Auckland Council entries have reached the finals in two categories of the Local Government NZ annual excellence awards.
The kauri protection programme, which addresses the spread of kauri dieback disease in the Auckland region and the protection of the iconic kauri tree, is a finalist in the Air New Zealand EXCELLENCE Award for Environmental Wellbeing category.
Supporting social wellbeing in Tāmaki Makaurau – how the council’s customer and community focused services pivoted to support Aucklanders during the upheaval of COVID-19 lockdowns - is a finalist in the Kāinga Ora Homes and Communities EXCELLENCE Award for Social Wellbeing category.
Chief Executive Jim Stabback is delighted and acknowledges the importance of recognition of local projects at a national level.
“We are up against some strong competition from other councils across Aotearoa,” says Mr Stabback. “It’s heartening to see such a wide range of innovative and worthwhile projects in a year that has been characterised by disruption and reprioritisation.”
Kauri protection programme
Auckland Council’s kauri dieback management programme was established to deliver on protection, impact and spread-reduction outcomes.
“This programme tackles a demon of nature that, without our intervention can destroy swathes of forest.
“Our approach requires us to blend research and innovation with community engagement, mātauranga Māori, and the practicalities of recreation in high conservation areas,” says General Manager Environmental Services Rachel Kelleher.
The programme focuses on building knowledge of the disease and its causative agent, maintaining and controlling dieback-free areas, significantly reducing the rate of spread and reducing the impact of the disease in infected areas while engaging Aucklanders in the importance of protecting our kauri for future generations.
It is a programme that has evolved and matured over time and the response is a marathon, not a sprint says Ms Kelleher.
“Research has given us a solid foundation; but we still have much to learn. Public engagement has shifted from a passing interest to a deeper understanding of stopping the spread and a greater sense of stewardship over the forest; but more will be done.
“Our investment in protection and spread mitigation has gone from stretching existing budgets to targeted rate funding, a dedicated team and a long-term framework for programme and risk management; this gives us hope for the future,” she says.
Supporting social wellbeing in Tāmaki Makaurau
During periods of prolonged lockdown in 2021 and social restriction as a result of COVID-19, Auckland Council provided Aucklanders opportunity and space to connect and care for their personal and social wellbeing.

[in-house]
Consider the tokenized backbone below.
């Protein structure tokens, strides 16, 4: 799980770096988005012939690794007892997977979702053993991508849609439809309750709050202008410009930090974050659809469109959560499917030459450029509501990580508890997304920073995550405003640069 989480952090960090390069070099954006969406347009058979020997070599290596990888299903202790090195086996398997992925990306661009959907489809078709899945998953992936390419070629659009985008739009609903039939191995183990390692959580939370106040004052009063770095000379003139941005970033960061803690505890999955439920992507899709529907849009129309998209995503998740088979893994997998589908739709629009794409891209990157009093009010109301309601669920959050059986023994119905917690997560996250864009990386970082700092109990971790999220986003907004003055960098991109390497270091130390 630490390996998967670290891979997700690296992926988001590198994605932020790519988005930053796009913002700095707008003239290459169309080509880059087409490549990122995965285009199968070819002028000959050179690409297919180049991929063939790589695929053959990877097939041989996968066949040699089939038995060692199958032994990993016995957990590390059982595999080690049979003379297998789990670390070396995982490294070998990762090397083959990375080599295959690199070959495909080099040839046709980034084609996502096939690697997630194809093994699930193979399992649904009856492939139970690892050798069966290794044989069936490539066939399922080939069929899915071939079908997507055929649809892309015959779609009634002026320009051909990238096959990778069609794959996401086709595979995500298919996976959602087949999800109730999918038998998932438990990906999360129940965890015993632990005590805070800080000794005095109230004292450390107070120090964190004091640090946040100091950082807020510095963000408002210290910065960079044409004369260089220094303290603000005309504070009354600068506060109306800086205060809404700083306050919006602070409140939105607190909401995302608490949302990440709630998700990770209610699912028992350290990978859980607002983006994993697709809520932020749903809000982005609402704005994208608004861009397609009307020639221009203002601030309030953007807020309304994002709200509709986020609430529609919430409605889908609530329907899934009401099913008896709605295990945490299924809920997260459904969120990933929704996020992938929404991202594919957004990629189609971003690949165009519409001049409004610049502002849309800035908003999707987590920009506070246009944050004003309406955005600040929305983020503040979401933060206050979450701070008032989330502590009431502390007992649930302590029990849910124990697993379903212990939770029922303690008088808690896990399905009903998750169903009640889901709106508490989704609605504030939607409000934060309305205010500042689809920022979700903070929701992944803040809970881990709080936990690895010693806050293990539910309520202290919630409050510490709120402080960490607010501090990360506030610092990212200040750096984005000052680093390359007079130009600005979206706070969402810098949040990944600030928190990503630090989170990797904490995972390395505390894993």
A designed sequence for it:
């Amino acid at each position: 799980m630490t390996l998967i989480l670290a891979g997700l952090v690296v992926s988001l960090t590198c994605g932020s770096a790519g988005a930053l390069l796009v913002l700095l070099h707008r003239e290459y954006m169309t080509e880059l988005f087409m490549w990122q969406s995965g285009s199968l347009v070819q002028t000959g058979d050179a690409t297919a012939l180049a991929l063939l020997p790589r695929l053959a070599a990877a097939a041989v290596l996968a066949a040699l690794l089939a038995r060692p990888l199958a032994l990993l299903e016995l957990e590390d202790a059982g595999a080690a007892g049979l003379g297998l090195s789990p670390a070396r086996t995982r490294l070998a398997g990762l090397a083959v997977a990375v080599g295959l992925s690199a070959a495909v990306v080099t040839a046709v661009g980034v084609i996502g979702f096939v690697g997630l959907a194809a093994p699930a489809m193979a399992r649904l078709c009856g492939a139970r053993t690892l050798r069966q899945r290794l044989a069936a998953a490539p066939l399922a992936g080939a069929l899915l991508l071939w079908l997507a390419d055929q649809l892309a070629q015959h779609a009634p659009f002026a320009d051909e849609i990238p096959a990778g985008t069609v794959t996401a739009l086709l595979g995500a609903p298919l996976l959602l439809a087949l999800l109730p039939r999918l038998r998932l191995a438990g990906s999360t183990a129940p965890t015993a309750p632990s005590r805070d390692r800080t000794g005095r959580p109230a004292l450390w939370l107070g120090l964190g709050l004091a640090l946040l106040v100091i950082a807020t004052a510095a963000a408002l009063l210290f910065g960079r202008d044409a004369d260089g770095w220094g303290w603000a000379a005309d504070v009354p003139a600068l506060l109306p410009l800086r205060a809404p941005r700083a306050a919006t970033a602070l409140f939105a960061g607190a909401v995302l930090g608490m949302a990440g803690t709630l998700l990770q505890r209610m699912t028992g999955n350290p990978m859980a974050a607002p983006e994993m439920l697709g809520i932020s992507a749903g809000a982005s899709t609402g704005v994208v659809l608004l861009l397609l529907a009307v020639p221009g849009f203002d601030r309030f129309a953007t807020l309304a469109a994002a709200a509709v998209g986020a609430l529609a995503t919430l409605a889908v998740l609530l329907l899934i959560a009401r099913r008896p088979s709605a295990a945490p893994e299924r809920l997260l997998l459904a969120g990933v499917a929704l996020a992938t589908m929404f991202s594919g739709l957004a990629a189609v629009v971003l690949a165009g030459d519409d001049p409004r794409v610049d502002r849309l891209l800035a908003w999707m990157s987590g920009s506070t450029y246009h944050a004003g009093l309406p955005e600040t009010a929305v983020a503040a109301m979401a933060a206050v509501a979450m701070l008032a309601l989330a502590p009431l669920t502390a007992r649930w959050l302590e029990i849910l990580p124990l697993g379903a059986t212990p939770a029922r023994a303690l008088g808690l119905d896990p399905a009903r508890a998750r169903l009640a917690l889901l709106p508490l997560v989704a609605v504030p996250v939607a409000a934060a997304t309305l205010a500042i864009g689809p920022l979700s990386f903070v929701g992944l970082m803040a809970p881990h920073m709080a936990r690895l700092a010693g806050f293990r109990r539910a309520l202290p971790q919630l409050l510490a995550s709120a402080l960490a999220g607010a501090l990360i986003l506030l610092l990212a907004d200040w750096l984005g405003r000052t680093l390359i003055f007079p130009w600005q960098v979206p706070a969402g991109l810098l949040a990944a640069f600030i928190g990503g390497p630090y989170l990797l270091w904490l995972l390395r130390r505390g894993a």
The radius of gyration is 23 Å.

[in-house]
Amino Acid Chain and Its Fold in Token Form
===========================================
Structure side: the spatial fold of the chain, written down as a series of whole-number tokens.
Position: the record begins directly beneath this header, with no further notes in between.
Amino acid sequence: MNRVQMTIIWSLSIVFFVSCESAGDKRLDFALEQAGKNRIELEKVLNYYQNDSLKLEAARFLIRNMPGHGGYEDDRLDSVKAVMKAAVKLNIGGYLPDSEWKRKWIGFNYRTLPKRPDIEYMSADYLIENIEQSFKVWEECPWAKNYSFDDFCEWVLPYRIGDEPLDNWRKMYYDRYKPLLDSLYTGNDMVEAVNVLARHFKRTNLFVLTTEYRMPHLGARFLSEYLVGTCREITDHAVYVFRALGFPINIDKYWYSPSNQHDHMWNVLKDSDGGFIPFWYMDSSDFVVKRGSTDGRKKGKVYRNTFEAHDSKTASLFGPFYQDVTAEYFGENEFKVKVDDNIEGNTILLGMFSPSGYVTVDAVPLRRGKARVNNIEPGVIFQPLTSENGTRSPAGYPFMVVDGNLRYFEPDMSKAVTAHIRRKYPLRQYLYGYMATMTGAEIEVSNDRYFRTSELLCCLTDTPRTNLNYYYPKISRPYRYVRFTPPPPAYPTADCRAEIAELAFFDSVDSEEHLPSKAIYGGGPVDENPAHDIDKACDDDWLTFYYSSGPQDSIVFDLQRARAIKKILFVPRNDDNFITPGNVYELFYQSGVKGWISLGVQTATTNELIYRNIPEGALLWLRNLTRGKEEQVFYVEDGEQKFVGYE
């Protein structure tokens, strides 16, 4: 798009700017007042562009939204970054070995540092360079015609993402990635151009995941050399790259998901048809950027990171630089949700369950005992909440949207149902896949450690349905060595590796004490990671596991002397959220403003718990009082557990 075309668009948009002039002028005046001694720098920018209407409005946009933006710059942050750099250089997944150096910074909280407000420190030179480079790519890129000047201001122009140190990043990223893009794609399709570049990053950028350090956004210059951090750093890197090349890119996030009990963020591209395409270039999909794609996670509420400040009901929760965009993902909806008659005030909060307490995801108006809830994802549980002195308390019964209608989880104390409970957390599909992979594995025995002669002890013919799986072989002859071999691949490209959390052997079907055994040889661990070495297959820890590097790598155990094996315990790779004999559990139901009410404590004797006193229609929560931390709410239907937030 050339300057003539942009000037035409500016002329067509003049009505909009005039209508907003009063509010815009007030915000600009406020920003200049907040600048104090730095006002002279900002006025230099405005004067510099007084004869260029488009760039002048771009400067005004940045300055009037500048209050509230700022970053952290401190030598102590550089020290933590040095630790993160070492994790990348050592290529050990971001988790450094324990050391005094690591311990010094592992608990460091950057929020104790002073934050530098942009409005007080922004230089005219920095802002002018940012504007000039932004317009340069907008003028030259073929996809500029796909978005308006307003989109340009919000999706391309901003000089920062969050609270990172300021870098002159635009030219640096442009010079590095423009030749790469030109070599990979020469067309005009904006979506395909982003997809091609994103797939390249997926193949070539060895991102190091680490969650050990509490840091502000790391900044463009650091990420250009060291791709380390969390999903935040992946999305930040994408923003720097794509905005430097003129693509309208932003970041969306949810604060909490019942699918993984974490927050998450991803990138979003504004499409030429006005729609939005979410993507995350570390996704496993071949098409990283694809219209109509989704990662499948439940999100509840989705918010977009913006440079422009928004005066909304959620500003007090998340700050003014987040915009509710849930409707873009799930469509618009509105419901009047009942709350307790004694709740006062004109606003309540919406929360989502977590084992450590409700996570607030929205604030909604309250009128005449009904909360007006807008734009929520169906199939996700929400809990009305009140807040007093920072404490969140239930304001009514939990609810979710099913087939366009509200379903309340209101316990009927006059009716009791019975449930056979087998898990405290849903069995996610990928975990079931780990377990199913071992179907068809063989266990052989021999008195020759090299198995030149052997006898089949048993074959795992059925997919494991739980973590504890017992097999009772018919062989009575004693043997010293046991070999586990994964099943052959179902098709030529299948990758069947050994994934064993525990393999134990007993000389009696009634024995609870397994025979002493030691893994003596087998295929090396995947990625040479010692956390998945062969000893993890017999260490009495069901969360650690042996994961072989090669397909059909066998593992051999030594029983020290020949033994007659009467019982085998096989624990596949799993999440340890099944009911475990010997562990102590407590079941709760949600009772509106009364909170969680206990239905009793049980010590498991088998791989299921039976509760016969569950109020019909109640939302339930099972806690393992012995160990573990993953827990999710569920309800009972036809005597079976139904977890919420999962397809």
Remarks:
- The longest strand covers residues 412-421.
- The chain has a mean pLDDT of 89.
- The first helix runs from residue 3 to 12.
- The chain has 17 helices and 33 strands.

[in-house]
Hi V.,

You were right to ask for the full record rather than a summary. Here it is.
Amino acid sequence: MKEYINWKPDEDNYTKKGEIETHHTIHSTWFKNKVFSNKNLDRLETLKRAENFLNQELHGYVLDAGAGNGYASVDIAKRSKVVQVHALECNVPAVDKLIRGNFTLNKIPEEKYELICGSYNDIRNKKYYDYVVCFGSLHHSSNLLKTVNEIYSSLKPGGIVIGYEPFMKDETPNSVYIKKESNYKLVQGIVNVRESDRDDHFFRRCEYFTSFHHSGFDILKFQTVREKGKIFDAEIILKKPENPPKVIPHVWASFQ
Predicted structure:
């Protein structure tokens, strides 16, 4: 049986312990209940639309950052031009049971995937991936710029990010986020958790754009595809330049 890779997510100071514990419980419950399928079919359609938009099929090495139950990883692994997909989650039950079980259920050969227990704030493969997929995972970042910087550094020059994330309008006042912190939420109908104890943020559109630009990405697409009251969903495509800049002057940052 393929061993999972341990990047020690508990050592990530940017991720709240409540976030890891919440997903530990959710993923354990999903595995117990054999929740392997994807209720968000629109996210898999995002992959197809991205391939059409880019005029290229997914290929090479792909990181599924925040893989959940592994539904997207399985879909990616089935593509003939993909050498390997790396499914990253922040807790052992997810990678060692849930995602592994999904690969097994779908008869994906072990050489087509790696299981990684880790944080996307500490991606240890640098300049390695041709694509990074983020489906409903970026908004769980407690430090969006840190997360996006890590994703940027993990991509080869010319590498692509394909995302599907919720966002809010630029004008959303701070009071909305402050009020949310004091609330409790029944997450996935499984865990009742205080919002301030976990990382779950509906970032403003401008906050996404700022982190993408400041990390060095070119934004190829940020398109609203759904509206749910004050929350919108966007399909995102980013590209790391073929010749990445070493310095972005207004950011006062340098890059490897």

“With Aucklanders at the heart of our actions, we brought people together online; created innovative service solutions under COVID-19 Protection Framework restrictions; and pivoted delivery models so that we remained a lifeline for those that needed us most,” says Dr Claudia Wyss, Director Customer and Community Services.
Our librarians curated ‘surprise’ ready-to-go reading packs, created a click and collect service, enabled internet access and promoted a treasure trove of digital offerings to customers hungry for literary escapism.
Music in Parks beamed kiwi music into people’s homes, supported the creative industry in Tāmaki Makaurau and came in well under-budget. Citizenship ceremonies made new-New Zealanders feel at home at a time when the world felt very uneasy and connected global whānau (using digital platforms) for the first time.
Active recreation specialists unable to instruct in their natural habitat hosted online and outdoor classes, challenged whole families to get active, inspired young people off the couch and tapped into digital platforms to get greater reach.
“And Aucklanders responded with record numbers of engagement, participation and feedback that continues to improve our services.
“A key challenge was meeting delivery targets and deadlines in an environment that greatly impacted both our own teams and our suppliers – both of whom are also our customers. By approaching tasks flexibly and through constant collaboration, workarounds were found to deliver high quality, meaningful services to Aucklanders when they most needed it.
“Our challenge to ourselves as we move back into more traditional delivery methods is to retain the creativity, urgency and focus that was required to deliver services that enhance Aucklanders social wellbeing through the pandemic, and to continue to place the customer at the core of service design,” says Dr Wyss.
The winners will be announced at the LGNZ Fulton Hogan Conference Dinner in Palmerston North on Friday 22 July.